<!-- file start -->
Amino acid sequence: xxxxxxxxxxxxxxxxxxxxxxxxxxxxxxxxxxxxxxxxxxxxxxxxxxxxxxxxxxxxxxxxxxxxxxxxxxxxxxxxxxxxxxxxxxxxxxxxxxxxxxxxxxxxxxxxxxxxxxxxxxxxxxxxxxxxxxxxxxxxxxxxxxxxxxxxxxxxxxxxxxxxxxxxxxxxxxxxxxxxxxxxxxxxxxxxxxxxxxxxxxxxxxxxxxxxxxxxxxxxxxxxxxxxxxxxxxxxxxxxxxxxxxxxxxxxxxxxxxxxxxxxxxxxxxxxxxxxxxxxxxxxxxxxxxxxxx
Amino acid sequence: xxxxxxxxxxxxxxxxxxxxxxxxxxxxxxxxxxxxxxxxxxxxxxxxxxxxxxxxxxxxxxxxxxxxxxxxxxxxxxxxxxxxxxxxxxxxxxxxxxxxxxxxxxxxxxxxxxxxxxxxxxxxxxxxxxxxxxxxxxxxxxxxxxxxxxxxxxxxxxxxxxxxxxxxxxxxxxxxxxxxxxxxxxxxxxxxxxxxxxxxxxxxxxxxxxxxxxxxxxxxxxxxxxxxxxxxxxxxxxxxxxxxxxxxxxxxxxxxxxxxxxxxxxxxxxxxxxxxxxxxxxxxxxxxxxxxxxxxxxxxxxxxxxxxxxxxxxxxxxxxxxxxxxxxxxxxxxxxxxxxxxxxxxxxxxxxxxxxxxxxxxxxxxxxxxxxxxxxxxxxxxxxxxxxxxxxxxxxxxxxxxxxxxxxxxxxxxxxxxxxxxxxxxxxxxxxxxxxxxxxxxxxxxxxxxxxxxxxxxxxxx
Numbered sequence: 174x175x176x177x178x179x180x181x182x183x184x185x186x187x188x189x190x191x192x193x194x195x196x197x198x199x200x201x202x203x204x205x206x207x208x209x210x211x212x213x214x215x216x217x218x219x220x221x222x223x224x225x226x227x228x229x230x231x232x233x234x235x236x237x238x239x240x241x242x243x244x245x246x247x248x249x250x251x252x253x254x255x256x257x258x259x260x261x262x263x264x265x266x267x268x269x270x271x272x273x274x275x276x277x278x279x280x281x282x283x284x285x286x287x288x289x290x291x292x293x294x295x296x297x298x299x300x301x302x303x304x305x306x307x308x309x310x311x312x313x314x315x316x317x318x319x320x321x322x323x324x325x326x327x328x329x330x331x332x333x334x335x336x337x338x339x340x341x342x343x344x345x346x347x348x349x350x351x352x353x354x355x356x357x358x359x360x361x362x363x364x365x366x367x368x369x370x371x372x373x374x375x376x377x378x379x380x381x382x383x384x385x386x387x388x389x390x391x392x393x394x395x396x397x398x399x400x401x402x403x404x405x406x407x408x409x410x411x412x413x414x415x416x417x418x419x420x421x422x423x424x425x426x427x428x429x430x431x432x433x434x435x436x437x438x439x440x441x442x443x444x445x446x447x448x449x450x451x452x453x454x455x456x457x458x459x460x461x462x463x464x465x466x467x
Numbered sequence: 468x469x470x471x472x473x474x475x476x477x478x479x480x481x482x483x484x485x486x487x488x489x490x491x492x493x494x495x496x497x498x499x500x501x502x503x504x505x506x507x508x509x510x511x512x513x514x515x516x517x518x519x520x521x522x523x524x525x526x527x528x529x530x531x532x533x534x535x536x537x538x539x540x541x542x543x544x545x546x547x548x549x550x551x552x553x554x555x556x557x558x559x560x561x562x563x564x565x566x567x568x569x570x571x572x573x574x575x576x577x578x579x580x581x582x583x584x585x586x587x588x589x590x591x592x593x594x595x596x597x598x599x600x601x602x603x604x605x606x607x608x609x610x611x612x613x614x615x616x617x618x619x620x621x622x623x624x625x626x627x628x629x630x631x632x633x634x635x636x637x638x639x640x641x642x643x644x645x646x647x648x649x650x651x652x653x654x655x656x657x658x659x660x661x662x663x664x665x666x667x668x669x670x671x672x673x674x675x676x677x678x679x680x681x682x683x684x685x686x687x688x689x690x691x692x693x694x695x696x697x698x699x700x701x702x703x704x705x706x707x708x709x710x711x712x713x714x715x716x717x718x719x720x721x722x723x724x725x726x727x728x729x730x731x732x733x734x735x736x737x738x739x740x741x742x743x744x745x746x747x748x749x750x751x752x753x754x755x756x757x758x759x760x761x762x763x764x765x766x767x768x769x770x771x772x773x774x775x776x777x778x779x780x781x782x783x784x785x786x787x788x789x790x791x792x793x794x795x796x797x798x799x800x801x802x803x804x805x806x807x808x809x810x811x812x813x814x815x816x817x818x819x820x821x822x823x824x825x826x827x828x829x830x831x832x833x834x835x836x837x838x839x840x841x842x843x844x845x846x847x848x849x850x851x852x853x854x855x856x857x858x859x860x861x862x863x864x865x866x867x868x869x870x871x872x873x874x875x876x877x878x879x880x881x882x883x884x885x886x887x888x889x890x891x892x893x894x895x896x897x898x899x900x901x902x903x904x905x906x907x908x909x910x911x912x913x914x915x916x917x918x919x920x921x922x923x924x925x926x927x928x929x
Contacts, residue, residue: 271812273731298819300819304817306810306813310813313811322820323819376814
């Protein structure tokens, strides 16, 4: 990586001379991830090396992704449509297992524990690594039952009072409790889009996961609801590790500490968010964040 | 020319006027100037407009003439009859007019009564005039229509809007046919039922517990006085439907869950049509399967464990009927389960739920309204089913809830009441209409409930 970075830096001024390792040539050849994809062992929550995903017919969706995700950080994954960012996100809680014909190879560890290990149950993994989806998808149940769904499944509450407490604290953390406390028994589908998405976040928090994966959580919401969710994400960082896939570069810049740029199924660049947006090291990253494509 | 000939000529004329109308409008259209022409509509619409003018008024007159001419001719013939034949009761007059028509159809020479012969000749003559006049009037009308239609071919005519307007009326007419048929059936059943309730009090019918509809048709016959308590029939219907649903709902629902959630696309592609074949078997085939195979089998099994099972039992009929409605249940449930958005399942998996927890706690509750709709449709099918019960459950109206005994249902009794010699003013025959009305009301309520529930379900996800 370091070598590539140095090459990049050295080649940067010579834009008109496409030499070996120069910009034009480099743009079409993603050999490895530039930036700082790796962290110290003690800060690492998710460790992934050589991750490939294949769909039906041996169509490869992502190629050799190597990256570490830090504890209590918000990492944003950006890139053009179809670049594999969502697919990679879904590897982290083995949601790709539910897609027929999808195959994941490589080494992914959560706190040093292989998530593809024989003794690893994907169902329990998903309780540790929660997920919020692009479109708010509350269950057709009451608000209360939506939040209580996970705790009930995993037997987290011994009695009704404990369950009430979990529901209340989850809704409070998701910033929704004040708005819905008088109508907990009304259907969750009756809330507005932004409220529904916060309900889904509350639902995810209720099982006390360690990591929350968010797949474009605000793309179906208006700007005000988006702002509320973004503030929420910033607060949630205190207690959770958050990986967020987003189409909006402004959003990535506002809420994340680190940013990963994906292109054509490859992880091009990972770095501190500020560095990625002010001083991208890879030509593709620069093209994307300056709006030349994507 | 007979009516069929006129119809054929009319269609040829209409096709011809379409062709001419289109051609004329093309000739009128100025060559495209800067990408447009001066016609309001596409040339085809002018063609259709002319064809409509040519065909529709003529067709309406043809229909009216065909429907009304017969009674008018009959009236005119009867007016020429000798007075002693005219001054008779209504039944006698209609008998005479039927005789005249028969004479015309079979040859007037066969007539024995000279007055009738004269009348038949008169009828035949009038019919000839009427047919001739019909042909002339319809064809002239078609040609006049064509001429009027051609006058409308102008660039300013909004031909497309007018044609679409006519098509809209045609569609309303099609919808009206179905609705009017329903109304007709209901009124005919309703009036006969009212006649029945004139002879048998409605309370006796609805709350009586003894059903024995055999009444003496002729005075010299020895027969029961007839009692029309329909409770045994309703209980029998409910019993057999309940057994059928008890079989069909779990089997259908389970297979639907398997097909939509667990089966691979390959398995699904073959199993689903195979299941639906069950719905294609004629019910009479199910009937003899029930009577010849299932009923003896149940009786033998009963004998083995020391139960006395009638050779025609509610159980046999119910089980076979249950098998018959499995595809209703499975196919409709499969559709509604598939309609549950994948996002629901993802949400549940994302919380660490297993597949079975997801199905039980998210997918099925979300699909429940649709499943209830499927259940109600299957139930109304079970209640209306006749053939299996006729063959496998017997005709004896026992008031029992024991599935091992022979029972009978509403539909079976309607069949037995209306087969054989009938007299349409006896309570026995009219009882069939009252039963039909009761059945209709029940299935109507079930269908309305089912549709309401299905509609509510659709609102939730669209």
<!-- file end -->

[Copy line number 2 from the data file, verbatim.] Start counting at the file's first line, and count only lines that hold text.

Amino acid sequence: xxxxxxxxxxxxxxxxxxxxxxxxxxxxxxxxxxxxxxxxxxxxxxxxxxxxxxxxxxxxxxxxxxxxxxxxxxxxxxxxxxxxxxxxxxxxxxxxxxxxxxxxxxxxxxxxxxxxxxxxxxxxxxxxxxxxxxxxxxxxxxxxxxxxxxxxxxxxxxxxxxxxxxxxxxxxxxxxxxxxxxxxxxxxxxxxxxxxxxxxxxxxxxxxxxxxxxxxxxxxxxxxxxxxxxxxxxxxxxxxxxxxxxxxxxxxxxxxxxxxxxxxxxxxxxxxxxxxxxxxxxxxxxxxxxxxxxxxxxxxxxxxxxxxxxxxxxxxxxxxxxxxxxxxxxxxxxxxxxxxxxxxxxxxxxxxxxxxxxxxxxxxxxxxxxxxxxxxxxxxxxxxxxxxxxxxxxxxxxxxxxxxxxxxxxxxxxxxxxxxxxxxxxxxxxxxxxxxxxxxxxxxxxxxxxxxxxxxxxxxxx